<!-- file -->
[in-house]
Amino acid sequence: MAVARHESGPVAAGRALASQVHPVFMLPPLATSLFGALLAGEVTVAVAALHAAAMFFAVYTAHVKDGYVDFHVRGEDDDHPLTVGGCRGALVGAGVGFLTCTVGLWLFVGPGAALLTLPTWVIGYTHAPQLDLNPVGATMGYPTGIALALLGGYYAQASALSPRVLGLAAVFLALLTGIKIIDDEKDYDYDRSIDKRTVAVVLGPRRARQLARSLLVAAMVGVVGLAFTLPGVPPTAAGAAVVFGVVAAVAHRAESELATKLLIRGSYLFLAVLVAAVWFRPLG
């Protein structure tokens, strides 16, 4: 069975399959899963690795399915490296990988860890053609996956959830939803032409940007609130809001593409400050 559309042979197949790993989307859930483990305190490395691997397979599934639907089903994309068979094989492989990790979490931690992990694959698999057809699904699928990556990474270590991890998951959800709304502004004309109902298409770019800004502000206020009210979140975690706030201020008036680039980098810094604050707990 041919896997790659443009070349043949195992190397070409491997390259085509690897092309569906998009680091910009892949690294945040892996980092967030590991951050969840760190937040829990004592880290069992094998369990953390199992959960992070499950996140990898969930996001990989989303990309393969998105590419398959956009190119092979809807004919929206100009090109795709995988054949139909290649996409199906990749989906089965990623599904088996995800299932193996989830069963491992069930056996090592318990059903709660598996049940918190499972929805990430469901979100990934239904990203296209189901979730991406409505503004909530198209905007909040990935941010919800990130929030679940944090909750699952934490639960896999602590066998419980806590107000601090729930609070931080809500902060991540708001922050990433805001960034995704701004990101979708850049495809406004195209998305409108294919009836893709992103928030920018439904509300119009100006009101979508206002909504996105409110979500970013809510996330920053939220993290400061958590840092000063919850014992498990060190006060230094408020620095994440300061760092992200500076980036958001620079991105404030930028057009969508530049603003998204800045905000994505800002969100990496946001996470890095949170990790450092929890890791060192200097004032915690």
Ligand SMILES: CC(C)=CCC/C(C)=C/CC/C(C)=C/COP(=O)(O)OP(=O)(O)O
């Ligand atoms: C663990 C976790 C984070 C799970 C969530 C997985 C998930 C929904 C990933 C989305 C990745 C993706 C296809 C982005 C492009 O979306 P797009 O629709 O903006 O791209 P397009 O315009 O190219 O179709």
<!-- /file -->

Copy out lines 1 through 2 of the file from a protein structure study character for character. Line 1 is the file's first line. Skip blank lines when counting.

[in-house]
Amino acid sequence: MAVARHESGPVAAGRALASQVHPVFMLPPLATSLFGALLAGEVTVAVAALHAAAMFFAVYTAHVKDGYVDFHVRGEDDDHPLTVGGCRGALVGAGVGFLTCTVGLWLFVGPGAALLTLPTWVIGYTHAPQLDLNPVGATMGYPTGIALALLGGYYAQASALSPRVLGLAAVFLALLTGIKIIDDEKDYDYDRSIDKRTVAVVLGPRRARQLARSLLVAAMVGVVGLAFTLPGVPPTAAGAAVVFGVVAAVAHRAESELATKLLIRGSYLFLAVLVAAVWFRPLG